Shane Mahood/USA Network
September 13, 2017 at 10:01 PM EDT


TV Show
Comedy, Drama
run date
Gabriel Macht, Rick Hoffman, Sarah Rafferty
USA Network
Current Status
In Season
We gave it a B

Donna, Donna, Donna…Our favorite legal secretary-turned-COO made a HUGE move in the Darvey department in Suits‘ midseason finale — a decision that will definitely complicate her already complicated relationship with Harvey. But, before we can get to the scene that’s on everyone’s mind (i.e. the kiss), we must first dig into the rest of the episode, which sees the entire firm pairing off once again to handle business. “Donna” finds all of the show’s characters taking on very personal cases and examines how they react to the situations: Can they keep their cool? Will they look for the easy way out of dealing with these difficult cases?

We pick up with Harvey struggling to figure out which tie he’s going to wear today because his mind is elsewhere: He’s thinking about Malik coming after Donna. Paula picks up on Harvey’s internal struggle, but she’s not threatened by it because she admires how loyal he is to those he cares about. This is reason No. 7 why I love this relationship. Meanwhile, Rachel also catches her father lost in thought as he reflects on how he failed his sister when she came to him all those years ago about the bank CEO’s sexual harassment. The flashbacks are, for the most part, unnecessary, especially given how well Wendell Pierce physically portrays Robert’s guilty conscience. Thankfully, Rachel comes up with a way to get the CEO on the stand.

Everyone at the firm is ready for the trial run that will prepare Donna for Malik’s questioning, but it turns out they won’t have go to through with it because Louis found a solution: Any conversations Donna had with Harvey about the Clifford Danner case are privileged work product. Sure, it sounds good, but it’s the beginning of the episode, so we know it’s going to fail. Alas, Harvey agrees it’s a good idea and wants to pursue that avenue, too.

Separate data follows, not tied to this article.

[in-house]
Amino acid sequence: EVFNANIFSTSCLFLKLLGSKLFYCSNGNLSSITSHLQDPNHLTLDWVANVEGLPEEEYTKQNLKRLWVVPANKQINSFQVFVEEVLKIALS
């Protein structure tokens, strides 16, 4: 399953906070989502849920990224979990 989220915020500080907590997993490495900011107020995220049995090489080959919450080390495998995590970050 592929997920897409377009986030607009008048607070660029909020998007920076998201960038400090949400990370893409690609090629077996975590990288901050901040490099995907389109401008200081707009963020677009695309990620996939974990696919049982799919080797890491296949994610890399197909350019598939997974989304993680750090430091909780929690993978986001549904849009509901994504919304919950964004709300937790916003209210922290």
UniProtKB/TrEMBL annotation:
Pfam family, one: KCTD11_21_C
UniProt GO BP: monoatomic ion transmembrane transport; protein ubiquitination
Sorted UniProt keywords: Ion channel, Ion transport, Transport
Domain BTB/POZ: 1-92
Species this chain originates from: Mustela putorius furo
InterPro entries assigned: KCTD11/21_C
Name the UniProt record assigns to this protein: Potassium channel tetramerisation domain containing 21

As always, both Harvey and Louis are letting their emotions cloud their judgment. It would be best to prepare for questioning in case this doesn’t work, but they’re more concerned about avoiding whatever feels they’ll catch as Louis interrogates Donna. In case you forgot, the last time they did this, Louis asked Donna if she loved Harvey, which was awkward for everyone. Mike takes his concerns about not doing mock trial to Harvey, but Harvey shuts him down.

However, Malik isn’t the only one coming after the firm. Alex discovers that Gould, of Bratton Gould (again, I don’t know her), is coming after Pfizer, his biggest client. You would think this violates the agreement Alex’s old firm signed, but Gould found a way around it by having one of his clients pursue a hostile takeover of Pfizer. Alex threatens to take him to court.

While we don’t see Alex argue in court, we do get to see Rachel and Robert and Mike and Harvey present their arguments in dueling court scenes. The judge ends up ruling in Rachel and Robert’s favor and says the bank must produce the CEO for depositions. Unfortunately, Mike and Harvey aren’t as lucky. It turns out Malik wasn’t even coming after them for Clifford Danner; he wants to question Donna about the Coastal Motors case from season 2. After the “last time on Suits” segment in last week’s episode, I had a feeling this twist was coming. So Donna takes the stand, and she’s forced to admit she shredded a document in that case. Malik also twists her words and calls her integrity into question by making it sound like she only got her new role at the firm by sleeping with Harvey.

The one thing going for Harvey and Mike is that they know Malik did something shady since the memo mentioned in that article isn’t real. Harvey and Mike decide to corner the journalist who wrote it and threaten to ruin his career if he doesn’t reveal his source, in my least favorite scene of the episode for obvious reasons. The journalist refuses to give up a name, but he does say that his source is someone who worked with Mike and Harvey and not someone who works for the client’s company. This case is even more personal than we thought. (Recap continues on the next page)

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